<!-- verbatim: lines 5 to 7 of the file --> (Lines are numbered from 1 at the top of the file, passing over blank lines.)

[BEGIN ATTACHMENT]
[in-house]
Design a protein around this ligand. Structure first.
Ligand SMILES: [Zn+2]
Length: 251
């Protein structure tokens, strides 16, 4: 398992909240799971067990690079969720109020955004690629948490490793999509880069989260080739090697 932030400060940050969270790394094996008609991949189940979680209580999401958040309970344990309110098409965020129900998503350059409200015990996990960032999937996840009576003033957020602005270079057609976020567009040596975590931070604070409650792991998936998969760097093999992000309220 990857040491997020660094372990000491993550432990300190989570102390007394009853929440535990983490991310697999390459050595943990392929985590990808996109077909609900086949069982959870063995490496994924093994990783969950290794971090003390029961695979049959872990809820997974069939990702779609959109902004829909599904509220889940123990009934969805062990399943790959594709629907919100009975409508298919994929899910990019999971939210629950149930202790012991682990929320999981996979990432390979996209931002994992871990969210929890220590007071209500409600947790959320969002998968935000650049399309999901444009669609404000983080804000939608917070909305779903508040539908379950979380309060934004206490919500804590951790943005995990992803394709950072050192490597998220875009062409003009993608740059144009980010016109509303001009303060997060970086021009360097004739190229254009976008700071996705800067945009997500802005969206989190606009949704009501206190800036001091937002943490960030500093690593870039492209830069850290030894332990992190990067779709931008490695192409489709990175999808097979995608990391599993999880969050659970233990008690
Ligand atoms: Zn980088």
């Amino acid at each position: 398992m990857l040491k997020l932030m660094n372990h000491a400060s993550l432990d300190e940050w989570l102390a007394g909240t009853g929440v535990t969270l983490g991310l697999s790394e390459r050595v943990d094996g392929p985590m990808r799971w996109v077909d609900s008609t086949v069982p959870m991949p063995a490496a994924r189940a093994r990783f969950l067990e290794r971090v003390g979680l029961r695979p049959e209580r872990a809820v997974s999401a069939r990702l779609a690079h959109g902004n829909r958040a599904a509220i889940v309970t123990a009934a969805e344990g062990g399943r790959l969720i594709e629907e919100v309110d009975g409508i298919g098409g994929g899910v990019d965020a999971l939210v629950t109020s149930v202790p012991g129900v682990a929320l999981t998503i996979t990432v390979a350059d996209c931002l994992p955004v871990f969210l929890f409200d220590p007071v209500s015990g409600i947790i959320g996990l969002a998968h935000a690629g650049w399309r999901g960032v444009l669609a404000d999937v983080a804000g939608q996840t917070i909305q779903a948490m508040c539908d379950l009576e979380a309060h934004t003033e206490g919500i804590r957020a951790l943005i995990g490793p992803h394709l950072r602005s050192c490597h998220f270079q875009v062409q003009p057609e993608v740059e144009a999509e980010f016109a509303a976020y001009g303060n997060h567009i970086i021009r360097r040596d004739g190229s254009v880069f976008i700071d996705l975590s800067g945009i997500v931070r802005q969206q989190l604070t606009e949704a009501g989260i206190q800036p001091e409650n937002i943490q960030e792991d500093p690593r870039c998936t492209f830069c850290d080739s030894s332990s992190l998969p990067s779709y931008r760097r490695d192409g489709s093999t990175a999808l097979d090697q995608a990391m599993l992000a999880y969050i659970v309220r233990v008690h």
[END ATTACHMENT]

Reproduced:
């Protein structure tokens, strides 16, 4: 398992909240799971067990690079969720109020955004690629948490490793999509880069989260080739090697 932030400060940050969270790394094996008609991949189940979680209580999401958040309970344990309110098409965020129900998503350059409200015990996990960032999937996840009576003033957020602005270079057609976020567009040596975590931070604070409650792991998936998969760097093999992000309220 990857040491997020660094372990000491993550432990300190989570102390007394009853929440535990983490991310697999390459050595943990392929985590990808996109077909609900086949069982959870063995490496994924093994990783969950290794971090003390029961695979049959872990809820997974069939990702779609959109902004829909599904509220889940123990009934969805062990399943790959594709629907919100009975409508298919994929899910990019999971939210629950149930202790012991682990929320999981996979990432390979996209931002994992871990969210929890220590007071209500409600947790959320969002998968935000650049399309999901444009669609404000983080804000939608917070909305779903508040539908379950979380309060934004206490919500804590951790943005995990992803394709950072050192490597998220875009062409003009993608740059144009980010016109509303001009303060997060970086021009360097004739190229254009976008700071996705800067945009997500802005969206989190606009949704009501206190800036001091937002943490960030500093690593870039492209830069850290030894332990992190990067779709931008490695192409489709990175999808097979995608990391599993999880969050659970233990008690
Ligand atoms: Zn980088």
């Amino acid at each position: 398992m990857l040491k997020l932030m660094n372990h000491a400060s993550l432990d300190e940050w989570l102390a007394g909240t009853g929440v535990t969270l983490g991310l697999s790394e390459r050595v943990d094996g392929p985590m990808r799971w996109v077909d609900s008609t086949v069982p959870m991949p063995a490496a994924r189940a093994r990783f969950l067990e290794r971090v003390g979680l029961r695979p049959e209580r872990a809820v997974s999401a069939r990702l779609a690079h959109g902004n829909r958040a599904a509220i889940v309970t123990a009934a969805e344990g062990g399943r790959l969720i594709e629907e919100v309110d009975g409508i298919g098409g994929g899910v990019d965020a999971l939210v629950t109020s149930v202790p012991g129900v682990a929320l999981t998503i996979t990432v390979a350059d996209c931002l994992p955004v871990f969210l929890f409200d220590p007071v209500s015990g409600i947790i959320g996990l969002a998968h935000a690629g650049w399309r999901g960032v444009l669609a404000d999937v983080a804000g939608q996840t917070i909305q779903a948490m508040c539908d379950l009576e979380a309060h934004t003033e206490g919500i804590r957020a951790l943005i995990g490793p992803h394709l950072r602005s050192c490597h998220f270079q875009v062409q003009p057609e993608v740059e144009a999509e980010f016109a509303a976020y001009g303060n997060h567009i970086i021009r360097r040596d004739g190229s254009v880069f976008i700071d996705l975590s800067g945009i997500v931070r802005q969206q989190l604070t606009e949704a009501g989260i206190q800036p001091e409650n937002i943490q960030e792991d500093p690593r870039c998936t492209f830069c850290d080739s030894s332990s992190l998969p990067s779709y931008r760097r490695d192409g489709s093999t990175a999808l097979d090697q995608a990391m599993l992000a999880y969050i659970v309220r233990v008690h």